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Ethiopia’s offer for peace with Eritrea is “distant dream”, opposition says


By Tesfa-Alem Tekle

June 9, 2018 (ADDIS ABABA) – An Eritrean opposition group on Saturday said Ethiopia’s recent call for peace with long-time rival Eritrea is a “distant dream” which won’t halt Eritrea from continuing its ill acts.

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Map of the secretive Red Sea nation, bordering Sudan and Ethiopia, (Map HRW)

The Armed opposition group, Red Sea Afar Democratic Organization (RSADO) said Ethiopia’s peace offer won’t stop the reclusive Red Sea nation from being a destabilizing factor in the region.

The remarks by the exiled opposition group come only a few days after Ethiopia’s governing coalition on Tuesday announced to fully and unconditionally accept the outcomes of a 2002 border commission ruling which awarded disputed territories including the flash town of Badme to Eritrea.

With regard to the latest development, the Eritrean opposition has commended Ethiopia’s move but said that won’t make Eritrea change its policy.

“As an opposition, we say that the Eritrean regime has agendas of stirring up conflict and war in the Horachieveica and the Red Sea Zone,” said RSADO’s leader Ibrahim Harun.

“So Ethiopia’s call for peace with the Eritrean government is a distant dream, as the Asmara regime cannot live in peace,” he added.

“We call on the new government in Ethiopia, the region and the international community to discuss other options to deal with Eritrean regime including removing the regime in order to achieved stability and peace in the region and consolidate the foundations of democracy and respect for human rights so they can achieve coexistence with the Eritrean people, who suffer from the policy of the regime for nearly 27 years,” said the Eritrean opponent.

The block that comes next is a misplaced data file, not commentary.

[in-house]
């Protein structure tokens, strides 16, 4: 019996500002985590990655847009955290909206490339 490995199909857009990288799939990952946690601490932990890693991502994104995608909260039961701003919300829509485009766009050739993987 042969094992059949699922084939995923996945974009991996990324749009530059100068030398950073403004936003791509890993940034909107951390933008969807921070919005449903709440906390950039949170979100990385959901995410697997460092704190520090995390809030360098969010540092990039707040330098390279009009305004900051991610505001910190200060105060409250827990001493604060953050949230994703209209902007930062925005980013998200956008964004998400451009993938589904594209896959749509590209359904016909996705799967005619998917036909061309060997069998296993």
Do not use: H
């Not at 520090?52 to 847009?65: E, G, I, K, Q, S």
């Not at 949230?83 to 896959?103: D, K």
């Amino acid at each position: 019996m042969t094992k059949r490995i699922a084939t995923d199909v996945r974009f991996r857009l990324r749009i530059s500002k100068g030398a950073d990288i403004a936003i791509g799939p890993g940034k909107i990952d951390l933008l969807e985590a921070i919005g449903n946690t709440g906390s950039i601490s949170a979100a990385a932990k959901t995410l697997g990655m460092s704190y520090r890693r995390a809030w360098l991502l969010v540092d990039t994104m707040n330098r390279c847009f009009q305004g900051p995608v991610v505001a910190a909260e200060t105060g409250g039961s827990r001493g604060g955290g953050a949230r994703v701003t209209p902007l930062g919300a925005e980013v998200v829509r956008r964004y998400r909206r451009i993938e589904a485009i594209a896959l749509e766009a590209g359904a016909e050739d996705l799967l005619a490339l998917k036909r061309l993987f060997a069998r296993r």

Founded in 1998 to stand for the rights of the Eritrean ethnic Afar minority, the RSADO is considered as the strongest armed movement than all the other Eritrean rebel groups.

In the past, its armed wing carried out a number of successful attacks against the Eritrean government army.

Ethiopia and Eritrea signed an Algiers agreement that ended a two-year-long border war in 2000. However, Ethiopia refused to comply with the peace deal and to withdraw its forces from disputed areas, calling for more talks before to withdraw.

As a result, the two rival neighbours have since been on a war footing also both countries engaging in an on and off skirmishes.

During his inaugural speech in April, Ethiopia’s new prime minister Abiy Ahmed promised to restore peace with bitter rival Eritrea, raising hopes of peace.

The latest move by Ethiopia is seen as a major step towards calming deadly tensions with its nearly two-decades-long rival. Also, it is welcomed by the Horn of Africa countries as it would allow them to establish a regional economic union.

“The Ethiopian and Eritrean people are tied to linguistically by history and by lineage,” the ruling party, Ethiopian Peoples Revolutionary Democratic Front (EPRDF) said a statement on Tuesday.

It added that “in the interest of both people the Ethiopian government has decided to fully comply with the decisions of the boundary commission and Algiers agreement”.

While accepting the agreement Ethiopia’s ruling party calls on Eritrea’s government to do the same.

"The Eritrean government should take the same stand without any prerequisite, and accept our call to bring back the long-lost peace between the two brother nations as it was before," it said.

Asmara had refused to hold any talks with Addis Ababa unless the latter agreed to accept the border commission’s ruling.

Despite Ethiopia’s unexpected peace deal offer to Eritrea, President Isaias Afeworki led government in Asmara, however, has not yet responded to Ethiopia’s move instead has preferred silence.

Yemane Equbay, an Eritrean activist and politician said although Ethiopia has accepted the deal, Eritrea would insist to first see Ethiopia pulling out its army from disputed areas.

“Withdrawing its forces from disputed areas means Ethiopia is serious to restore peace with Eritrea,” Yemane said.

“I don’t think the government in Eritrea would sit for talks based on Ethiopia’s verbal agreement, however, the ball is firmly on Eritrean side,” he added.


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